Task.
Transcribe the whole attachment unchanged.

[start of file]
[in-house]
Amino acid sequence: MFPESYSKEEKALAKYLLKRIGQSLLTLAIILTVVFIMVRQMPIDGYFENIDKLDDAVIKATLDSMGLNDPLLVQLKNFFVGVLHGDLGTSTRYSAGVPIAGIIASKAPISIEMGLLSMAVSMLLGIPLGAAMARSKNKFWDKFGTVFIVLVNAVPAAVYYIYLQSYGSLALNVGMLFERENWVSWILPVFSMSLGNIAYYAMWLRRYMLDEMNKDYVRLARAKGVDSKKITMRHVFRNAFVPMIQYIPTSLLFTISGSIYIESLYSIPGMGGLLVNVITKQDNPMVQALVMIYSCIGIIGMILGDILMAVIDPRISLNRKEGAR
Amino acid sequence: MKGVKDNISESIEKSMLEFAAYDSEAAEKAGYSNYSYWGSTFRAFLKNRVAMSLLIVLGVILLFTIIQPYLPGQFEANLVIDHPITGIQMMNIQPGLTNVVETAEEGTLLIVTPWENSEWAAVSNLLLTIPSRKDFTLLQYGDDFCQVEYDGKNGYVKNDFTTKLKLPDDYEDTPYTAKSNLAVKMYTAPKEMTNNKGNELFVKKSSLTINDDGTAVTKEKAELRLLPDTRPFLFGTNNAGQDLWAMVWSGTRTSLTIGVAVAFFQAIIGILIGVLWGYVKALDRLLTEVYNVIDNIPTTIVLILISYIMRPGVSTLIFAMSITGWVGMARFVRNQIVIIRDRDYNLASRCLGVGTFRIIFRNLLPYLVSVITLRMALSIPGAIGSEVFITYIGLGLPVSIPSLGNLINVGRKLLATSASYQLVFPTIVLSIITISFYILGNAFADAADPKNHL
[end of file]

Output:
[in-house]
Amino acid sequence: MFPESYSKEEKALAKYLLKRIGQSLLTLAIILTVVFIMVRQMPIDGYFENIDKLDDAVIKATLDSMGLNDPLLVQLKNFFVGVLHGDLGTSTRYSAGVPIAGIIASKAPISIEMGLLSMAVSMLLGIPLGAAMARSKNKFWDKFGTVFIVLVNAVPAAVYYIYLQSYGSLALNVGMLFERENWVSWILPVFSMSLGNIAYYAMWLRRYMLDEMNKDYVRLARAKGVDSKKITMRHVFRNAFVPMIQYIPTSLLFTISGSIYIESLYSIPGMGGLLVNVITKQDNPMVQALVMIYSCIGIIGMILGDILMAVIDPRISLNRKEGAR
Amino acid sequence: MKGVKDNISESIEKSMLEFAAYDSEAAEKAGYSNYSYWGSTFRAFLKNRVAMSLLIVLGVILLFTIIQPYLPGQFEANLVIDHPITGIQMMNIQPGLTNVVETAEEGTLLIVTPWENSEWAAVSNLLLTIPSRKDFTLLQYGDDFCQVEYDGKNGYVKNDFTTKLKLPDDYEDTPYTAKSNLAVKMYTAPKEMTNNKGNELFVKKSSLTINDDGTAVTKEKAELRLLPDTRPFLFGTNNAGQDLWAMVWSGTRTSLTIGVAVAFFQAIIGILIGVLWGYVKALDRLLTEVYNVIDNIPTTIVLILISYIMRPGVSTLIFAMSITGWVGMARFVRNQIVIIRDRDYNLASRCLGVGTFRIIFRNLLPYLVSVITLRMALSIPGAIGSEVFITYIGLGLPVSIPSLGNLINVGRKLLATSASYQLVFPTIVLSIITISFYILGNAFADAADPKNHL